the companies that were successful.

To my knowledge, the total of these engines, 4 HP and 6 HP,
remains at less than 6500. This is estimated from the shipping
numbers, which may be at risk as there are several blank areas.
Were these engines never shipped out, or, were the numbers assigned
to Lansing, Michigan, and not reported or what? Another question is
the color.

We run across the local (San Jose) warm gray color most often,
but that seems logical, as they were a local engine produced in
this Santa Clara Valley for local orchardists. But we have heard
from a man in the eastern part of the country and he reports that
he has an engine that is dark green! If you have definite proof of
a different color, please let us know and we will add that color to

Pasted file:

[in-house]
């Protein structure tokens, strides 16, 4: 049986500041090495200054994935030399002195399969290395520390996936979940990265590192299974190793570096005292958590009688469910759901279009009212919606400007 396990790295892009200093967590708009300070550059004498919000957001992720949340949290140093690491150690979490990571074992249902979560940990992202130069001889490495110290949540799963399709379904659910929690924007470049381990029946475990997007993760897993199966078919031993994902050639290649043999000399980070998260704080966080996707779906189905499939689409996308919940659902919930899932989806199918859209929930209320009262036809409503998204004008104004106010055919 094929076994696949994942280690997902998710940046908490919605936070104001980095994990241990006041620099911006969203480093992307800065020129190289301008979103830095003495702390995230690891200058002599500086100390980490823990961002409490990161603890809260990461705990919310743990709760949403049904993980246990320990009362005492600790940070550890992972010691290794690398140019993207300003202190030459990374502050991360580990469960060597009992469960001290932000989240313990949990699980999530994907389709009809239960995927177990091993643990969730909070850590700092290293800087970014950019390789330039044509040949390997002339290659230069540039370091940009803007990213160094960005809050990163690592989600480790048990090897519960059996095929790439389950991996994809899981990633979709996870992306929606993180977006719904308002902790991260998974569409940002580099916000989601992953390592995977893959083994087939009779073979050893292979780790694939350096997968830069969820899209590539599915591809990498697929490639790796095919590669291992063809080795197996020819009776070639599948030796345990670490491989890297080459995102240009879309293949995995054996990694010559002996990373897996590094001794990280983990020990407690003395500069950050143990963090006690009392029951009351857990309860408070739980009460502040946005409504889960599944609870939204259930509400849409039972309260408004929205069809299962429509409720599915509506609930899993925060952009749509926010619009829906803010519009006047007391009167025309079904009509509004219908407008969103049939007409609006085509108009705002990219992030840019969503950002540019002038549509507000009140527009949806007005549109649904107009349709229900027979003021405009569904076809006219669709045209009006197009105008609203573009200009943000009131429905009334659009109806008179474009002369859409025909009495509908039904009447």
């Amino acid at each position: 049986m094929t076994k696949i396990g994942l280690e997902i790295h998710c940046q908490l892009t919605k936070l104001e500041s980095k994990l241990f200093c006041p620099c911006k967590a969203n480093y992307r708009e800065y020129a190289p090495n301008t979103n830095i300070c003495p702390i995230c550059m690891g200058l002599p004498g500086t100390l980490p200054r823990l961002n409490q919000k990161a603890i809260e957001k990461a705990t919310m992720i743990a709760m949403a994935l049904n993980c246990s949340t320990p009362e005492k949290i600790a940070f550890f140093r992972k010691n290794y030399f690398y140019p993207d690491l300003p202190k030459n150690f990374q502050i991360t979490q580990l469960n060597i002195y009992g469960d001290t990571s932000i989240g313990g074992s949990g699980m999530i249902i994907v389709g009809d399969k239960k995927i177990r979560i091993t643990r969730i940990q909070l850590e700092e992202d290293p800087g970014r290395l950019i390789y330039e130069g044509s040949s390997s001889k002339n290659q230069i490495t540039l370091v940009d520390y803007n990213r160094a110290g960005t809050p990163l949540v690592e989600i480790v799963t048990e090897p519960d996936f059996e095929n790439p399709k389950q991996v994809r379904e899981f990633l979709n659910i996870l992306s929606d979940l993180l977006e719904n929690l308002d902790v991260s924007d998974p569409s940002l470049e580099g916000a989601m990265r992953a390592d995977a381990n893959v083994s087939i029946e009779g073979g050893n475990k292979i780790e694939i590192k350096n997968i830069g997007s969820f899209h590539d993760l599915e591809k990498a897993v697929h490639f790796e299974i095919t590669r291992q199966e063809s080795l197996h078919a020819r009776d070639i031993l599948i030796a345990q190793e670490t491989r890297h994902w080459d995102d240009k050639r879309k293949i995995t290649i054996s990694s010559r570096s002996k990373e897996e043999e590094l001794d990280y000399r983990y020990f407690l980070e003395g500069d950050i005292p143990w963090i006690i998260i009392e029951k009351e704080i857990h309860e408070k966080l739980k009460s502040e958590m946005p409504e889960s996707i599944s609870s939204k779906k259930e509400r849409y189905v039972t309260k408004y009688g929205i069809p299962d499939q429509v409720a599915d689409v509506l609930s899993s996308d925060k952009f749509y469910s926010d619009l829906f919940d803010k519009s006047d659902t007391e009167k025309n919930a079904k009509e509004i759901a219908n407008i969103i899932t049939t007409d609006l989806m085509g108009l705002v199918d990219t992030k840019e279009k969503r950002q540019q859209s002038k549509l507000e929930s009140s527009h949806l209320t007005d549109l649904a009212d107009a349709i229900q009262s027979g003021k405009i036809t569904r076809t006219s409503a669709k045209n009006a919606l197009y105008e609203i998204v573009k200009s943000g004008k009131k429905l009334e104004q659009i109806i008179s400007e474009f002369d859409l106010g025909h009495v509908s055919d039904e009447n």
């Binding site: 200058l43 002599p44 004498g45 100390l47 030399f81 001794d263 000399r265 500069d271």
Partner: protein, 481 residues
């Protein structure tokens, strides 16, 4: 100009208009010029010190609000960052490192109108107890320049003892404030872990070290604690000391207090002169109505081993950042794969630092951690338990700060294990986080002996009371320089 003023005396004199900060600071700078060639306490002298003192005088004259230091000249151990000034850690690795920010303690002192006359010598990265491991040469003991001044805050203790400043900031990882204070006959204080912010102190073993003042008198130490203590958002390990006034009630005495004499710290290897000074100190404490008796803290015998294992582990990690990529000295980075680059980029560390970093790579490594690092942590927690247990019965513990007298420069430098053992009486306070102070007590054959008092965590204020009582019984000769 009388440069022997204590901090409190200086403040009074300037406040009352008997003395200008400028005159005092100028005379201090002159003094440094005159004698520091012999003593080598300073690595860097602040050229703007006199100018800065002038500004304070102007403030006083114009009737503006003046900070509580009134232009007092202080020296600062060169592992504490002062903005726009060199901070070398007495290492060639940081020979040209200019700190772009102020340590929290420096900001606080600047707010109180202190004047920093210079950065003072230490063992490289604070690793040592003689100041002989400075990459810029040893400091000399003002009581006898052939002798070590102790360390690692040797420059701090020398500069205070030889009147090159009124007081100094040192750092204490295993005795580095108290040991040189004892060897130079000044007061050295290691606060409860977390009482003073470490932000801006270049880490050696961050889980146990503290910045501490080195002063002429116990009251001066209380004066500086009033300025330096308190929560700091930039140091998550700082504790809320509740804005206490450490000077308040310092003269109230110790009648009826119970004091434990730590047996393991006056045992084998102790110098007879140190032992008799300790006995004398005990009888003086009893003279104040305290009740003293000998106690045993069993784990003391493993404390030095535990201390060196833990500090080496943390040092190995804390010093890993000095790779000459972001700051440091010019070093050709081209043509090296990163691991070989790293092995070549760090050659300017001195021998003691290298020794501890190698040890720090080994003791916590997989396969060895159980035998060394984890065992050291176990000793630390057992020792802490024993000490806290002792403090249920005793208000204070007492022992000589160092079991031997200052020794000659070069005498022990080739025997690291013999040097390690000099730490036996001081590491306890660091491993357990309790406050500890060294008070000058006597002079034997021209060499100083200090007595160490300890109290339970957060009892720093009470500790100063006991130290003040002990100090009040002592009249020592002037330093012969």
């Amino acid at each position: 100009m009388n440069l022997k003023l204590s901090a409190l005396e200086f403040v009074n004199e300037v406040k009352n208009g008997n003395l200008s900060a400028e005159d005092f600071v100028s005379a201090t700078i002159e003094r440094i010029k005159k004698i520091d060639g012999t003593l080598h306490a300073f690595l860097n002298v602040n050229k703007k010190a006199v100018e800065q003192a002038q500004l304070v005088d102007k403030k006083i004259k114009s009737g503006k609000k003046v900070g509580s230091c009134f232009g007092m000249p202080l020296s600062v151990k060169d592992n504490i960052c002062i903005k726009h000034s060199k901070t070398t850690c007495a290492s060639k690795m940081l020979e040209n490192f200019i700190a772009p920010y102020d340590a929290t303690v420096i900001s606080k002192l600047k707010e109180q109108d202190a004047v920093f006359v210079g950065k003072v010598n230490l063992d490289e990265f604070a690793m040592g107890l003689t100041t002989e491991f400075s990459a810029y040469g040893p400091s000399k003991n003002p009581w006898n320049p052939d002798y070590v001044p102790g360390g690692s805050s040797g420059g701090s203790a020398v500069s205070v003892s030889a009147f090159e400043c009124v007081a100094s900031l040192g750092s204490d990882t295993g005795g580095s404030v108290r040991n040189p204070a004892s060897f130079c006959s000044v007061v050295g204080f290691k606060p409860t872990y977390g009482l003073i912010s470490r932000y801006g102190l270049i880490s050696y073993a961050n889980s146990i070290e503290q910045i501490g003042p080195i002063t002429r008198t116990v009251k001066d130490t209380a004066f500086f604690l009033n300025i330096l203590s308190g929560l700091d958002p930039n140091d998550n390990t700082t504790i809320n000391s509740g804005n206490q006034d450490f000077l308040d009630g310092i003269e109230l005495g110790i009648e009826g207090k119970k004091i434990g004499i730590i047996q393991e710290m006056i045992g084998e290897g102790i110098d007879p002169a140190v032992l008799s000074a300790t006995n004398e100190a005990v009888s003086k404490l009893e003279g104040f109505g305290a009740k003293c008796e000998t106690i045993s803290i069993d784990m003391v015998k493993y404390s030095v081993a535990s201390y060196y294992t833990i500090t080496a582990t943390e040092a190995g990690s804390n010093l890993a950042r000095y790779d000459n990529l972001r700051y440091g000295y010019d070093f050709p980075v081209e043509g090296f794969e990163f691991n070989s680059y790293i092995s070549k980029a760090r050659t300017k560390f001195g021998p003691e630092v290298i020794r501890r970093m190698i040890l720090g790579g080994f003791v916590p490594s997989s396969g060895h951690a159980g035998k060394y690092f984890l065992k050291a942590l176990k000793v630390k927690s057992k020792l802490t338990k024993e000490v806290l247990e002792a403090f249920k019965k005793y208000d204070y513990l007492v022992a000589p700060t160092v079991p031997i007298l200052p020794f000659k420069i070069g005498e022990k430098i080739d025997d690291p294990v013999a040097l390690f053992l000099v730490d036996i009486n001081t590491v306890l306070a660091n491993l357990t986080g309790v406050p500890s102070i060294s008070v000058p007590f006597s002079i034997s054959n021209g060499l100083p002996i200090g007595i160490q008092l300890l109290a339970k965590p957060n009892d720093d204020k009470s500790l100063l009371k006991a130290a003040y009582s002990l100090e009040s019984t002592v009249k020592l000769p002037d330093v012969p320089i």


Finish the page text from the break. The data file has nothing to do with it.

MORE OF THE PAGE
the second!

We almost never see one of these engines at an engine show or
gas-up, and from that would rate them as ‘collectible’ and
therefore desirable. Totally enclosed, no monkey motion, and with
no splash-guards or other outside equipment they are an interesting
machine.

For more information on this company, refer to the August 1985
issue of GEM. This interesting company has grown over the years to
become one of the several who combined to become known as FMC. For
more on their story, see Growing Orbit: The Story of FMC
Corporation
. We’re indebted to the many engine collectors
who contributed to this information.

Gas Engine Magazine
Gas Engine Magazine
Preserving the History of Internal Combustion Engines